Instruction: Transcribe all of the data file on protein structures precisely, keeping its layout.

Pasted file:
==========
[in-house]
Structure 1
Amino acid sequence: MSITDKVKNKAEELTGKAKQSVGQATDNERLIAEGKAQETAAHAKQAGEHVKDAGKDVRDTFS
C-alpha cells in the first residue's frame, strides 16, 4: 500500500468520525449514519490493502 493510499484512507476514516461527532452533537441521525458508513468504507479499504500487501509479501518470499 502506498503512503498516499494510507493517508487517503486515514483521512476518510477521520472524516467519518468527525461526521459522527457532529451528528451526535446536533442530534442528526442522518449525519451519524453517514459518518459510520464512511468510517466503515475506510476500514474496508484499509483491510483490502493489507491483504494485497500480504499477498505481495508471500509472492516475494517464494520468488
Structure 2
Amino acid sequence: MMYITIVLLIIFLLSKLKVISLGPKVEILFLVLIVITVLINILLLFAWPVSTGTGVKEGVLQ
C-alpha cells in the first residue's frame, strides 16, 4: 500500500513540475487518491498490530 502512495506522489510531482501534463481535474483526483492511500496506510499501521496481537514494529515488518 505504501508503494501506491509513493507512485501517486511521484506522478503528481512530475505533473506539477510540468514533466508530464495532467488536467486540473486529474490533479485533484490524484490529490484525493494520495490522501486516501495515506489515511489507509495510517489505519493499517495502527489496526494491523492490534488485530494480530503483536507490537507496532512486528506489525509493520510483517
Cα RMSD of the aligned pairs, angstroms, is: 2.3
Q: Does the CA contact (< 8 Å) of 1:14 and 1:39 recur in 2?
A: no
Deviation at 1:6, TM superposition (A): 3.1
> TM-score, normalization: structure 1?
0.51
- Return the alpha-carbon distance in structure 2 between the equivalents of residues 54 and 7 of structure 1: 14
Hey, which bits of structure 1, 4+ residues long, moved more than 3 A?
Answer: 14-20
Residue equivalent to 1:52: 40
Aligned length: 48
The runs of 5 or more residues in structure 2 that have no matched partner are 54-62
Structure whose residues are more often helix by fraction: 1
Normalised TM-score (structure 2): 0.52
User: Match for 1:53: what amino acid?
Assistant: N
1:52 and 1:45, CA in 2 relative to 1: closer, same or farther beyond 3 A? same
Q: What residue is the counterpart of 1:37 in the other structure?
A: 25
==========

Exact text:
[in-house]
Structure 1
Amino acid sequence: MSITDKVKNKAEELTGKAKQSVGQATDNERLIAEGKAQETAAHAKQAGEHVKDAGKDVRDTFS
C-alpha cells in the first residue's frame, strides 16, 4: 500500500468520525449514519490493502 493510499484512507476514516461527532452533537441521525458508513468504507479499504500487501509479501518470499 502506498503512503498516499494510507493517508487517503486515514483521512476518510477521520472524516467519518468527525461526521459522527457532529451528528451526535446536533442530534442528526442522518449525519451519524453517514459518518459510520464512511468510517466503515475506510476500514474496508484499509483491510483490502493489507491483504494485497500480504499477498505481495508471500509472492516475494517464494520468488
Structure 2
Amino acid sequence: MMYITIVLLIIFLLSKLKVISLGPKVEILFLVLIVITVLINILLLFAWPVSTGTGVKEGVLQ
C-alpha cells in the first residue's frame, strides 16, 4: 500500500513540475487518491498490530 502512495506522489510531482501534463481535474483526483492511500496506510499501521496481537514494529515488518 505504501508503494501506491509513493507512485501517486511521484506522478503528481512530475505533473506539477510540468514533466508530464495532467488536467486540473486529474490533479485533484490524484490529490484525493494520495490522501486516501495515506489515511489507509495510517489505519493499517495502527489496526494491523492490534488485530494480530503483536507490537507496532512486528506489525509493520510483517
Cα RMSD of the aligned pairs, angstroms, is: 2.3
Q: Does the CA contact (< 8 Å) of 1:14 and 1:39 recur in 2?
A: no
Deviation at 1:6, TM superposition (A): 3.1
> TM-score, normalization: structure 1?
0.51
- Return the alpha-carbon distance in structure 2 between the equivalents of residues 54 and 7 of structure 1: 14
Hey, which bits of structure 1, 4+ residues long, moved more than 3 A?
Answer: 14-20
Residue equivalent to 1:52: 40
Aligned length: 48
The runs of 5 or more residues in structure 2 that have no matched partner are 54-62
Structure whose residues are more often helix by fraction: 1
Normalised TM-score (structure 2): 0.52
User: Match for 1:53: what amino acid?
Assistant: N
1:52 and 1:45, CA in 2 relative to 1: closer, same or farther beyond 3 A? same
Q: What residue is the counterpart of 1:37 in the other structure?
A: 25